Introduction: Caesarean delivery is one of the most performed surgical procedures and is a globally recognised maternal health-care indicator.
Aim: To study the determinants of primary and previous caesareans in a tertiary care teaching hospital in Kerala.
Methodology: A observational study was conducted over a period of 12 months from 1st January 2018 to 31st December 2018 to analyse the maternal and foetal determinants of primary and previous caesarean deliveries. Data was collected and analysed.
Results: Maternal age was a significant predictor of primary caesarean. Employed mothers constituted 40% previous caesareans (p value 0.001). There were more obstetric referrals undergoing primary caesareans (p value-0.003) than repeat caesareans. 30% primary caesareans belonged to lower (p value-0.001) in contrast to 14 % in previous caesareans. Primary Caesareans underwent emergency decisions significantly (p value-0.001) while previous caesareans were decided as elective procedures. 34.59% babies born via primary caesareans were of low-birth weight (p value-0.001). Extended hospital stay (>8 days) was evidenced in 38.12% of first -time caesareans (p value-0.001). NICU stay pattern was similar in both the groups.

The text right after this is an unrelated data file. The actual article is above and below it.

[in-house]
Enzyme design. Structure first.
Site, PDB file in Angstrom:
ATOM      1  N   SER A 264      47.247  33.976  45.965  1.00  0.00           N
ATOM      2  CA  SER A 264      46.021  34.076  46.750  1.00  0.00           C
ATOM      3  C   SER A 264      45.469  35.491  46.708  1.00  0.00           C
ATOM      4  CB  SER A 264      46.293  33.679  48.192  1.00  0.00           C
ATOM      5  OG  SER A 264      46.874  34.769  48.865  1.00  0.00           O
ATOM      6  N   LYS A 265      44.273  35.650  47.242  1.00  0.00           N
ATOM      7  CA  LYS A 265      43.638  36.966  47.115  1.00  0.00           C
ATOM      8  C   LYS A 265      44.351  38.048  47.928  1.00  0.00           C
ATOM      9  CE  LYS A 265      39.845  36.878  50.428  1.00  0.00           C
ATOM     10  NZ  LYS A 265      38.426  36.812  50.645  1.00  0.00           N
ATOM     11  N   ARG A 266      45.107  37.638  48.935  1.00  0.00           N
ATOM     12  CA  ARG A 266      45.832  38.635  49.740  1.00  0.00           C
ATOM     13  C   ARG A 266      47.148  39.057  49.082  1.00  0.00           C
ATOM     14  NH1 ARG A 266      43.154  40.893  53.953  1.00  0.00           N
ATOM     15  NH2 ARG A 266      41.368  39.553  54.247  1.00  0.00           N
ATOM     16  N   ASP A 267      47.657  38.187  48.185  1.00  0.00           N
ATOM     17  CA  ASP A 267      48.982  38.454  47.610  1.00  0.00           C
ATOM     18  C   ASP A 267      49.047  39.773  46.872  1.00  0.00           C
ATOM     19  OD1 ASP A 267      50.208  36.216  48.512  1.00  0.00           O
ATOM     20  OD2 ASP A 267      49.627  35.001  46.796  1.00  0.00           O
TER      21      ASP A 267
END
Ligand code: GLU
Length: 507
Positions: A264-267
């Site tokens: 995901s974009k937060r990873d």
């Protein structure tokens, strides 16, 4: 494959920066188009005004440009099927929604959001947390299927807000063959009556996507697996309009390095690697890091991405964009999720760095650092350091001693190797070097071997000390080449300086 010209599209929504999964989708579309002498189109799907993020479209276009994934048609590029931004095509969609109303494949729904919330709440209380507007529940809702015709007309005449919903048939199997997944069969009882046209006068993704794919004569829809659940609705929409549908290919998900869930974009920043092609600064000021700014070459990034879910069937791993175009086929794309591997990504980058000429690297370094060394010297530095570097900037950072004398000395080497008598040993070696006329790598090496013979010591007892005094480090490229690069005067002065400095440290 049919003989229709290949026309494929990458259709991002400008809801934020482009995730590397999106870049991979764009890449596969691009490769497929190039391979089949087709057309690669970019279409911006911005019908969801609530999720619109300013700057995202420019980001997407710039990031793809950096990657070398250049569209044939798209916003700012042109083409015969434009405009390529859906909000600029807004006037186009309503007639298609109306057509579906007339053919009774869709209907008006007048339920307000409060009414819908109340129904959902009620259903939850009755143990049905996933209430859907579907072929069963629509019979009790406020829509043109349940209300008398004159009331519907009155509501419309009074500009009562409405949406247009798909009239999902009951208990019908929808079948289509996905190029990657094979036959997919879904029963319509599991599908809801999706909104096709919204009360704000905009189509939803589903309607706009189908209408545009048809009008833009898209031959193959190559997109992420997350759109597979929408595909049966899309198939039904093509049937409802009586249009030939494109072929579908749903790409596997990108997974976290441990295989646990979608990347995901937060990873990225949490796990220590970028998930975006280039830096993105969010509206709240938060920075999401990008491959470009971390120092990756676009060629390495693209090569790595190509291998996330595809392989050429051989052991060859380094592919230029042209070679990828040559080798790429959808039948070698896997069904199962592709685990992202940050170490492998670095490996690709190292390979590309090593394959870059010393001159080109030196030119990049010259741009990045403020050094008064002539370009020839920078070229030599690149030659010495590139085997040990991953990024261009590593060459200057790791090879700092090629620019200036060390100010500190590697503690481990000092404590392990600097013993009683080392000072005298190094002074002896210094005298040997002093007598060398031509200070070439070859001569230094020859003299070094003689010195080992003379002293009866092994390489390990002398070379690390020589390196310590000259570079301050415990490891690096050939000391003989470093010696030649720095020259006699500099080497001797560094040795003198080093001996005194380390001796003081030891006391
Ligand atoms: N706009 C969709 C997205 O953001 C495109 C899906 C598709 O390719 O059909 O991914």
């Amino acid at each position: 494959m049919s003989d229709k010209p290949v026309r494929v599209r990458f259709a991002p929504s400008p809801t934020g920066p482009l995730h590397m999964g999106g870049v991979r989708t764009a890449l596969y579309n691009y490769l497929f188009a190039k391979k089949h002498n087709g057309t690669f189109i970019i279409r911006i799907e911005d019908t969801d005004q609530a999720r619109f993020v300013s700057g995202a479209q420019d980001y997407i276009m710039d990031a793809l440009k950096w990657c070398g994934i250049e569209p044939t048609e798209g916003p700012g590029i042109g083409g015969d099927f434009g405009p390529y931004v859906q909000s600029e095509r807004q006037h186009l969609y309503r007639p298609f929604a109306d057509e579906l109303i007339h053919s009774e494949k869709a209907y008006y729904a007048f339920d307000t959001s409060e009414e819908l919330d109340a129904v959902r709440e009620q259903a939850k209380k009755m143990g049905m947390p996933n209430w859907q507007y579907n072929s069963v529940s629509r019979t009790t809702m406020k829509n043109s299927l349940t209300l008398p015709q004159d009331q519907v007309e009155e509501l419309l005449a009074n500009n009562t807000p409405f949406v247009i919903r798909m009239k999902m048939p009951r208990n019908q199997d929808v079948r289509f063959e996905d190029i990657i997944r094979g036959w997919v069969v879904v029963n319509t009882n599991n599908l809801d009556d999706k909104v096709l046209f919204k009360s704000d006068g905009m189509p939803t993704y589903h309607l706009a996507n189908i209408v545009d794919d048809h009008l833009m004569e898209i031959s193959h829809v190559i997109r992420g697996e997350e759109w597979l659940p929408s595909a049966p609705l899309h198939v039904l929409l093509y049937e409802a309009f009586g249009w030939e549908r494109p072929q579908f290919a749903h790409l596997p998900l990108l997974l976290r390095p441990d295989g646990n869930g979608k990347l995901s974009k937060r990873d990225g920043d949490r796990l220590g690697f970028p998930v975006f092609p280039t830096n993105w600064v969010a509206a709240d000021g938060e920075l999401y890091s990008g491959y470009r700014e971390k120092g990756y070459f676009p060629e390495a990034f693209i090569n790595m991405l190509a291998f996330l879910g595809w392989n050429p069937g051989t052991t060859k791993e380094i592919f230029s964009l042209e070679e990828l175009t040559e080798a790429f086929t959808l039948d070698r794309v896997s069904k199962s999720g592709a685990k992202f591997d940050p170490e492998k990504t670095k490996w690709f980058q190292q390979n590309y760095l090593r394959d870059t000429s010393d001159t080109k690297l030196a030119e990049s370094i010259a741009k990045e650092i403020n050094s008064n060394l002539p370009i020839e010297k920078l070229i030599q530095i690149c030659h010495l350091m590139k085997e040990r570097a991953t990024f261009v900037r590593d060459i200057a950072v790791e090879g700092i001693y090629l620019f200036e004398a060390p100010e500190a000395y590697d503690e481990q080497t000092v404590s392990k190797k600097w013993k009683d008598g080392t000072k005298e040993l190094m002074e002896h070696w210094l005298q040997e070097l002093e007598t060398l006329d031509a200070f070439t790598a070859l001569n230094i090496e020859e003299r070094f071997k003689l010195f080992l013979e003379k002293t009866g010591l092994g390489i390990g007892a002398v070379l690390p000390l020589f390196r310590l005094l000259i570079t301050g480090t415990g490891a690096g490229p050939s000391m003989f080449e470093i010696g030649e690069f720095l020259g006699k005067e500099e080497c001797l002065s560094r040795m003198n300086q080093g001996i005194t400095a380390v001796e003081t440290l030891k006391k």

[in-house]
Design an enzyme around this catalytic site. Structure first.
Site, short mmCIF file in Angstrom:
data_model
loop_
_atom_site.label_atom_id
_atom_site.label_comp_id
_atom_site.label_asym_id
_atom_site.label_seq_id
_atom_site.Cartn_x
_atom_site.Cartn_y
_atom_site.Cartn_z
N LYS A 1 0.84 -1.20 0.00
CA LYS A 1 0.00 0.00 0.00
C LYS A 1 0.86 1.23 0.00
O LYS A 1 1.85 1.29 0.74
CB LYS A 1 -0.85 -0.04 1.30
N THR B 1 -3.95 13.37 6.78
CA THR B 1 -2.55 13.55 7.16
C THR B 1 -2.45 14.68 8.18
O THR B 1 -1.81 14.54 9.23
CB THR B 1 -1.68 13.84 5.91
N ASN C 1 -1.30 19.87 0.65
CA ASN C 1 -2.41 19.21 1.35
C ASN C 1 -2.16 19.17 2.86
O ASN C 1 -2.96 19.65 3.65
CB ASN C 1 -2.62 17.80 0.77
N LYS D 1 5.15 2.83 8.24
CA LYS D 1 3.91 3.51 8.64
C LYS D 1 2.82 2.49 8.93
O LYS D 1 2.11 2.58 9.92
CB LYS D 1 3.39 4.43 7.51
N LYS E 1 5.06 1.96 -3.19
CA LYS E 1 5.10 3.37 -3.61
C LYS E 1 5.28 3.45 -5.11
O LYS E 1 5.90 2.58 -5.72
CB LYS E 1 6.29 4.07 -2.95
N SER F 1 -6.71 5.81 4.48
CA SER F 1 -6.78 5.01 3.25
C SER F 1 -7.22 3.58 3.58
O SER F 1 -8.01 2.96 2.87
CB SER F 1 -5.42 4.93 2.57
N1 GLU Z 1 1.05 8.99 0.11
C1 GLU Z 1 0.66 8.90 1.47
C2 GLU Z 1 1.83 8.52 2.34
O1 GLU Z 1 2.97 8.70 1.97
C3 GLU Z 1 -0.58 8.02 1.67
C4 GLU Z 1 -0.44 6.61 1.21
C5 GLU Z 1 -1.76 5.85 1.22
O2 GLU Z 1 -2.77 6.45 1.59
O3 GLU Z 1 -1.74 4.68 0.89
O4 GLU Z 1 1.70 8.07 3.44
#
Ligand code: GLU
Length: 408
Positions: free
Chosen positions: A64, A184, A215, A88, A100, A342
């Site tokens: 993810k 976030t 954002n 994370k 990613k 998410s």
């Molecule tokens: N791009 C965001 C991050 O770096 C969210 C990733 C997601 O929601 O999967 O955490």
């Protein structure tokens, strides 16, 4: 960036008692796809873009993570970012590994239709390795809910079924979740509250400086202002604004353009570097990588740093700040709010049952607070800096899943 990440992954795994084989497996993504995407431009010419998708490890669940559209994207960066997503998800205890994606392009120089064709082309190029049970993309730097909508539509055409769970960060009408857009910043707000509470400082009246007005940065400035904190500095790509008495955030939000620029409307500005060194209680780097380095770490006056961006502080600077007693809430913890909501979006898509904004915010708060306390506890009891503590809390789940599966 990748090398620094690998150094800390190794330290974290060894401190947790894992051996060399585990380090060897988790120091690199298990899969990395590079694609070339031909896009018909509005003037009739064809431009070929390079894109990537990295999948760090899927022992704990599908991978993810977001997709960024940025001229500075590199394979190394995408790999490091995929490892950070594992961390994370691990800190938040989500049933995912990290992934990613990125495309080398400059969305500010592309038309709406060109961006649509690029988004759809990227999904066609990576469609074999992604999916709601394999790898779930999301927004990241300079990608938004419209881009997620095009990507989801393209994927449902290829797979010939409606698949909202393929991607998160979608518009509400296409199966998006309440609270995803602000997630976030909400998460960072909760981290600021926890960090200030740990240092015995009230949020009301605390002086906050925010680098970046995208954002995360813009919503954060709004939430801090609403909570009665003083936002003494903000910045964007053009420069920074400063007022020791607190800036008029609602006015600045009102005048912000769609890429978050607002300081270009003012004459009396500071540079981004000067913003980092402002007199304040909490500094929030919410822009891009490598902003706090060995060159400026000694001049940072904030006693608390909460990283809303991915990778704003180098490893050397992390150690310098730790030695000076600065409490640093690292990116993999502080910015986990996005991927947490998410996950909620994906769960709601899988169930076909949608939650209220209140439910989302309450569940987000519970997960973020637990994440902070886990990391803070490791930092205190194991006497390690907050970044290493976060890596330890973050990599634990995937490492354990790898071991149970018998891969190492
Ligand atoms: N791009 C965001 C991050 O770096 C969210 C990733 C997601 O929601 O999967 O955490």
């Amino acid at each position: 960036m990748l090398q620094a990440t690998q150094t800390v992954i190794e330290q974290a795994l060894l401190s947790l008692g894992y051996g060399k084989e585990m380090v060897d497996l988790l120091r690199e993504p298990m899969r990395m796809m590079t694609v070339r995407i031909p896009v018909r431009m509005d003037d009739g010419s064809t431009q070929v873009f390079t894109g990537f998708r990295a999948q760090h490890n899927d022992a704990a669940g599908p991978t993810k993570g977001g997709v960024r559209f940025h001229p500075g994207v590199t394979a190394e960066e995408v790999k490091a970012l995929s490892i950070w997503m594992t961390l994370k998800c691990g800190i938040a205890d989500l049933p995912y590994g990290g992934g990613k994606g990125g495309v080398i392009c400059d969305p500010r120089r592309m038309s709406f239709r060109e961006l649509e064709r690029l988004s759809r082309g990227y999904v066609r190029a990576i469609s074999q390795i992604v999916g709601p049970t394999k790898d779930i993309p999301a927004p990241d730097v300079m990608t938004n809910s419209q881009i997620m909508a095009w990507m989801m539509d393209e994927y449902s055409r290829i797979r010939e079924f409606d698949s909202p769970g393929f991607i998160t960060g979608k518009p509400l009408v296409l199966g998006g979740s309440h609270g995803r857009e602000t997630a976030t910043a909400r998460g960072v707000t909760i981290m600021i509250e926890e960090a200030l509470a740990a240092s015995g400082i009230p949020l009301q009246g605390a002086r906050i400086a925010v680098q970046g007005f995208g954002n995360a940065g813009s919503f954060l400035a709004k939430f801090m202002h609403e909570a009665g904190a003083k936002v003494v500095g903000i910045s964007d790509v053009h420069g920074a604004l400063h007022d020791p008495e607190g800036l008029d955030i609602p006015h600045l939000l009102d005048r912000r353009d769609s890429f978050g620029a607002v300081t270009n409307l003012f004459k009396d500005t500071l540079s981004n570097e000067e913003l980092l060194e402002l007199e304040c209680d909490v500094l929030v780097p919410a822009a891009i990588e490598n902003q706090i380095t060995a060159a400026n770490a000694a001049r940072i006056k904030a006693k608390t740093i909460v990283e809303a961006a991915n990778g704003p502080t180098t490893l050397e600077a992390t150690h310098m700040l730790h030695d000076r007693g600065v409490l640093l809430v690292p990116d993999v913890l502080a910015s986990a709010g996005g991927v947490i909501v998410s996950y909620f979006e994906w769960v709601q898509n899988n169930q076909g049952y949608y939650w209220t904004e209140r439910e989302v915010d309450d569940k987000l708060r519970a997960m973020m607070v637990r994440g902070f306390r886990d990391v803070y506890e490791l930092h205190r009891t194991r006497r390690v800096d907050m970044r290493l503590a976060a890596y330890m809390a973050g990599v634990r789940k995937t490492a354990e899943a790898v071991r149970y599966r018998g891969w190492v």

Conclusion: Good clinical policies regarding induction of labour and labour analgesia must be routinely implemented in all health care institutions to reduce the primary caesarean delivery which can indirectly reduce abnormally invasive placentation (AIP) and morbidities in subsequent pregnancies.